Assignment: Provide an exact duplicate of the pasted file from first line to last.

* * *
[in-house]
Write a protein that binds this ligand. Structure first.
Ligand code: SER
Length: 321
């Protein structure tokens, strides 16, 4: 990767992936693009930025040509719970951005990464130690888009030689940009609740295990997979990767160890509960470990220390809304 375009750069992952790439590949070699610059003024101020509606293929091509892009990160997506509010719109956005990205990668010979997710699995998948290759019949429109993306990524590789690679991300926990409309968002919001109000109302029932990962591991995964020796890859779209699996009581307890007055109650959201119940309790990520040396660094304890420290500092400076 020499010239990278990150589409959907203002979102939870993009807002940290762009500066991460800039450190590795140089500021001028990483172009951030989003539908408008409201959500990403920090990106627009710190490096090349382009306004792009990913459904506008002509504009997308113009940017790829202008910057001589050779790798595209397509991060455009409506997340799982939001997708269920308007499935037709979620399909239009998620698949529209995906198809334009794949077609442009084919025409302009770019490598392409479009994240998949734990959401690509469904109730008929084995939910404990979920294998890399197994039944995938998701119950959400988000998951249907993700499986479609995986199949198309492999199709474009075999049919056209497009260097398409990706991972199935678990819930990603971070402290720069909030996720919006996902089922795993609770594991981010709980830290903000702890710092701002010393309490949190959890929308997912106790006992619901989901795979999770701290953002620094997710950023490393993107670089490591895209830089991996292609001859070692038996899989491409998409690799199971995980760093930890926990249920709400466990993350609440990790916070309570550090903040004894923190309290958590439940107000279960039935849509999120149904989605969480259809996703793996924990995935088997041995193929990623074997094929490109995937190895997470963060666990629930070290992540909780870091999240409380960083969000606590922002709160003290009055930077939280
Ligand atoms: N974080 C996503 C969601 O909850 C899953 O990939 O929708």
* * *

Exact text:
[in-house]
Write a protein that binds this ligand. Structure first.
Ligand code: SER
Length: 321
């Protein structure tokens, strides 16, 4: 990767992936693009930025040509719970951005990464130690888009030689940009609740295990997979990767160890509960470990220390809304 375009750069992952790439590949070699610059003024101020509606293929091509892009990160997506509010719109956005990205990668010979997710699995998948290759019949429109993306990524590789690679991300926990409309968002919001109000109302029932990962591991995964020796890859779209699996009581307890007055109650959201119940309790990520040396660094304890420290500092400076 020499010239990278990150589409959907203002979102939870993009807002940290762009500066991460800039450190590795140089500021001028990483172009951030989003539908408008409201959500990403920090990106627009710190490096090349382009306004792009990913459904506008002509504009997308113009940017790829202008910057001589050779790798595209397509991060455009409506997340799982939001997708269920308007499935037709979620399909239009998620698949529209995906198809334009794949077609442009084919025409302009770019490598392409479009994240998949734990959401690509469904109730008929084995939910404990979920294998890399197994039944995938998701119950959400988000998951249907993700499986479609995986199949198309492999199709474009075999049919056209497009260097398409990706991972199935678990819930990603971070402290720069909030996720919006996902089922795993609770594991981010709980830290903000702890710092701002010393309490949190959890929308997912106790006992619901989901795979999770701290953002620094997710950023490393993107670089490591895209830089991996292609001859070692038996899989491409998409690799199971995980760093930890926990249920709400466990993350609440990790916070309570550090903040004894923190309290958590439940107000279960039935849509999120149904989605969480259809996703793996924990995935088997041995193929990623074997094929490109995937190895997470963060666990629930070290992540909780870091999240409380960083969000606590922002709160003290009055930077939280
Ligand atoms: N974080 C996503 C969601 O909850 C899953 O990939 O929708």